This is a guest post by Valerie Collins.
As part of the National Digital Stewardship Residency DC program, each resident develops and hosts a half-day enrichment session for the cohort and their mentors. The topic is up to the resident, as long as it is on some aspect of digital preservation.
For my enrichment session, held at the American Institute of Architects on February 1st, 2016, I invited Anna Perricci, the Education Coordinator for the Web Archiving Roundtable for the Society of American Archivists and a former Web Archiving Project Librarian with Columbia University Libraries. The topic was Web Archiving.
The internet is a crucial source of our digital history but it’s one that is subject to frequent data loss, link rot and upheaval. Although the efforts of the Internet Archive and various institutions, such as the Library of Congress, are helping to ensure that we will have some record of the web in the future, I wanted to get a look at how other organizations are approaching web archiving.
Perricci offered her insight on the Andrew W. Mellon-funded web archiving projects at Columbia University, as well as on the general challenges of web archiving. One of the interesting things that Columbia University Libraries does to provide access to archived web pages is to make these sites available through its online catalogue. By doing so, access to web archives is integrated through already familiar methods of searching to users.
Along with the group’s discussion on the challenges of web archiving, and how each of our institutions is handling the task, we took a look at Webrecorder.io, a Mellon-funded project from Rhizome to help archive the web. Webrecorder is an intuitive way to collect the dynamic content of websites. Webrecorder is not a large-scale web crawler like Archive-It, but rather a precision method of collecting complex or interactive websites that aren’t suited to being picked up by a standard web crawl. Webrecorder looks like it will be a great way to fill in the gaps that Archive-It sometimes struggles with or to pick up small collections of dynamic content.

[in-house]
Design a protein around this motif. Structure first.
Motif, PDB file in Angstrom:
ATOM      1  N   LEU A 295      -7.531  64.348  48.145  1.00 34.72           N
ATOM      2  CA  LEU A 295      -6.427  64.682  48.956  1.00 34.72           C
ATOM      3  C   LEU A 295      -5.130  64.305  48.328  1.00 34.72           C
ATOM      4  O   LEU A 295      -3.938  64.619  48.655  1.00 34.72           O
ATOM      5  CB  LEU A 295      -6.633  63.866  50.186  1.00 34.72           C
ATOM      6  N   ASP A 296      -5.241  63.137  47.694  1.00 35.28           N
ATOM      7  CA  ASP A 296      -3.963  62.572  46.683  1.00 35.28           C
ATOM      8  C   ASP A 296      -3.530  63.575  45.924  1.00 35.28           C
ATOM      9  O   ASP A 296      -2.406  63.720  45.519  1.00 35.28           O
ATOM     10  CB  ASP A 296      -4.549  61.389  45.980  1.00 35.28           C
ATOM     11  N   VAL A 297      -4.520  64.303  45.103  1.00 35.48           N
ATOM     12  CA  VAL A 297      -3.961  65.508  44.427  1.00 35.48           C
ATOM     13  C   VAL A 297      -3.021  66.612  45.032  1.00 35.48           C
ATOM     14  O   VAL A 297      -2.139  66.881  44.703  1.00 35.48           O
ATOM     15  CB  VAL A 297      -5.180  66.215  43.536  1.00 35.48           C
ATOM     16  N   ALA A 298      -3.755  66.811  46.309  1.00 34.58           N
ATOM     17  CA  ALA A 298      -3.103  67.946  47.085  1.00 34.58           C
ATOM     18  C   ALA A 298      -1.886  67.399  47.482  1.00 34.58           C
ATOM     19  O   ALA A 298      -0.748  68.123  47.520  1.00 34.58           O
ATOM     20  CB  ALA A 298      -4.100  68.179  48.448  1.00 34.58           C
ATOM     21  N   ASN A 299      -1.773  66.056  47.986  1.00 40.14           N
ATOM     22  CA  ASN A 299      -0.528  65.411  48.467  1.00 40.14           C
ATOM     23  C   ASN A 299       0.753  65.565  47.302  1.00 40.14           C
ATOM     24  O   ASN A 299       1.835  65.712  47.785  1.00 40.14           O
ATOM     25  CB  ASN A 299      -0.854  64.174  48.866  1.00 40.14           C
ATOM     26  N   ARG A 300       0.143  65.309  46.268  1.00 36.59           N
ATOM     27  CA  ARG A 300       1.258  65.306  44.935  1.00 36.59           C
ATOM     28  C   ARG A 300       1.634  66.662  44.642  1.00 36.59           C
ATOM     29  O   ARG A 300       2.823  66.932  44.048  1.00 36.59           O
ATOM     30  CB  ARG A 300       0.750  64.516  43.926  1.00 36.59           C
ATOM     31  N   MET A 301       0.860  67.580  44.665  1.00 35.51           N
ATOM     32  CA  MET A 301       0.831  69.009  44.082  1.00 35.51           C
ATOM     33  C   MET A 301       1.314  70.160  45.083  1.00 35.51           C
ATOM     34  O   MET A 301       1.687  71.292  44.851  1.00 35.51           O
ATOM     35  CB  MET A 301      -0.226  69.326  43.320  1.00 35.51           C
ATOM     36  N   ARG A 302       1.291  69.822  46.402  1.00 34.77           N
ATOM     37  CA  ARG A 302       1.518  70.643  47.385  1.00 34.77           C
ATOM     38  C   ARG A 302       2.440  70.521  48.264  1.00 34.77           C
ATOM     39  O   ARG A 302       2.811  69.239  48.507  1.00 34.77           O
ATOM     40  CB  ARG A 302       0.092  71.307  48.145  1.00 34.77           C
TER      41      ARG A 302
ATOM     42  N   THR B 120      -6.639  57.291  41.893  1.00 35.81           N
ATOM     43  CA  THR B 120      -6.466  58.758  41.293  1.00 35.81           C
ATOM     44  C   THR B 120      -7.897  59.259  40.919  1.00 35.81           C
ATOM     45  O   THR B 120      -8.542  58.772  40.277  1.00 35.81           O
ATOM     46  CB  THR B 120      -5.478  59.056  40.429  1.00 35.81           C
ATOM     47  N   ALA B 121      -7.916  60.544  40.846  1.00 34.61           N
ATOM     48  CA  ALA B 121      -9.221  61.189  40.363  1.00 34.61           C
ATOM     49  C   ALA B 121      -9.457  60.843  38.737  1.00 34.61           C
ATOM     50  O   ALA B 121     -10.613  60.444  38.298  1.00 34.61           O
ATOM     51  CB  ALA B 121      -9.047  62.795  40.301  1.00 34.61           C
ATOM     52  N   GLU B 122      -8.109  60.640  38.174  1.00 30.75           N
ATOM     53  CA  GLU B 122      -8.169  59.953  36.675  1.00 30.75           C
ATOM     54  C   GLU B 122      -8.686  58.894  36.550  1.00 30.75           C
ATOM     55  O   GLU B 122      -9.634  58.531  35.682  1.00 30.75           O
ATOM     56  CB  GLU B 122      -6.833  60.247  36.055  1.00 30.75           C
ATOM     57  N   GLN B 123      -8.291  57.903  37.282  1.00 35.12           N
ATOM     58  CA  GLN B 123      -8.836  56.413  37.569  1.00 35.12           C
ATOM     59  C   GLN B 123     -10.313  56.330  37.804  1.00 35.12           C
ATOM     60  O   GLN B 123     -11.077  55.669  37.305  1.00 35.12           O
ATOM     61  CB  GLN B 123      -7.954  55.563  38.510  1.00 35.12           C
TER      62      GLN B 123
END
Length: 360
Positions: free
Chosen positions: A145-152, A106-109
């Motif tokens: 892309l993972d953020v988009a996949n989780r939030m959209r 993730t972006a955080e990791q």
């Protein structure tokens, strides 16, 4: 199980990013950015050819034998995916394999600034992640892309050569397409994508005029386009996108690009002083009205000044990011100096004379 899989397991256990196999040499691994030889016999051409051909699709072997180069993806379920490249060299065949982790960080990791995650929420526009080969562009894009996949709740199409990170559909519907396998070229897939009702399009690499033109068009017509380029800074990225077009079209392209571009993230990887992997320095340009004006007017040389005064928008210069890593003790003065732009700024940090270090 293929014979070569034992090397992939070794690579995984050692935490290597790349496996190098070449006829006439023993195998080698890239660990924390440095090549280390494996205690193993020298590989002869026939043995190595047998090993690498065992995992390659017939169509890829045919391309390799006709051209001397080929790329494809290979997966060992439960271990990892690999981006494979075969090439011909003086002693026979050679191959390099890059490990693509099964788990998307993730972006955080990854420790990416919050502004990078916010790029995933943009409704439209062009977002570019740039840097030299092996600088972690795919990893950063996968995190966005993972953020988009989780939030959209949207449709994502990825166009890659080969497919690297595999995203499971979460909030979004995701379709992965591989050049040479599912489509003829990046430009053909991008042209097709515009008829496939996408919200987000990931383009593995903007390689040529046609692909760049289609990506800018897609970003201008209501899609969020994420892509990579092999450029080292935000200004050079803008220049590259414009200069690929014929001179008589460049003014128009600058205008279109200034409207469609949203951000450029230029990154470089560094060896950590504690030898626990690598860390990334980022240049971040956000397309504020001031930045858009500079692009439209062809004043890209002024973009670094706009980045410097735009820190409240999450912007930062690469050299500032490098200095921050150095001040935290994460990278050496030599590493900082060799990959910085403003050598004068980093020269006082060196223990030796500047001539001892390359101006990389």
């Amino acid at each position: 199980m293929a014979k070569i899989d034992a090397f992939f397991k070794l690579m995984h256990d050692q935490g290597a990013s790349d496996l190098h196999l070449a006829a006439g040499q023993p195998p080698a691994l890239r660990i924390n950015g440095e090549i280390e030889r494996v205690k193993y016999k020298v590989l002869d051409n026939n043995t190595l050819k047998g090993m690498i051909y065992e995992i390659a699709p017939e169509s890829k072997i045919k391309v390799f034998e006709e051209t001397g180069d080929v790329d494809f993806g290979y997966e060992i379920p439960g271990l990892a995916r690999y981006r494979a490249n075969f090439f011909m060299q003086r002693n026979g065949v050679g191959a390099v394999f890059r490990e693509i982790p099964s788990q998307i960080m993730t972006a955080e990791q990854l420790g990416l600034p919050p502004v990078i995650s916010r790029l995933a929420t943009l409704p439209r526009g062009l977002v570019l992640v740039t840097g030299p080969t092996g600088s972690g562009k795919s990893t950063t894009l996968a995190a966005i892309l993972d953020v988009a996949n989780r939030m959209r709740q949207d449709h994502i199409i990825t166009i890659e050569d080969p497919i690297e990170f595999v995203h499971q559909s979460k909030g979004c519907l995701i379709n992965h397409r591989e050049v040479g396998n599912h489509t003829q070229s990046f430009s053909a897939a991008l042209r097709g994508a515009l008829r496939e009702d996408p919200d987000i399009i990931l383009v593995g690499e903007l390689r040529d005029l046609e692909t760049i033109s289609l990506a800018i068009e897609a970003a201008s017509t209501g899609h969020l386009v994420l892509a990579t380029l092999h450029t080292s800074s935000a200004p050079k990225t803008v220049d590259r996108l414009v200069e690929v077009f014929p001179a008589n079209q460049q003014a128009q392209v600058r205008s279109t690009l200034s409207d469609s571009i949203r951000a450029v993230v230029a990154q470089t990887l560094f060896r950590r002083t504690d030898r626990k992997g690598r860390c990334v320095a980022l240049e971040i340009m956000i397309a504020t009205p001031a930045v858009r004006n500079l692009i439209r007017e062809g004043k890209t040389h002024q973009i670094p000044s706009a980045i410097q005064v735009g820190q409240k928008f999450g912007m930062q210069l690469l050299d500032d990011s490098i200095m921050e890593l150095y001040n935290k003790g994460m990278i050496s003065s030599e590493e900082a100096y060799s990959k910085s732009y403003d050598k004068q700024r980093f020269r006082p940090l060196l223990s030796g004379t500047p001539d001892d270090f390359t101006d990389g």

The enrichment session continued with a tour of the AIA Archives, where we looked at an exhibit that demonstrated the journey the AIA’s functions have made from physical to digital. Finally, we ended the session with a tour of the adjacent Octagon Museum, a house museum that has housed a President, been a tenement and served as the AIA Headquarters.
The Octagon is a fascinating way to explore Washington, D.C. through the ages, and is also notable as a building museum that allows visitors to touch and use period furniture. It was a great note on which to end the day.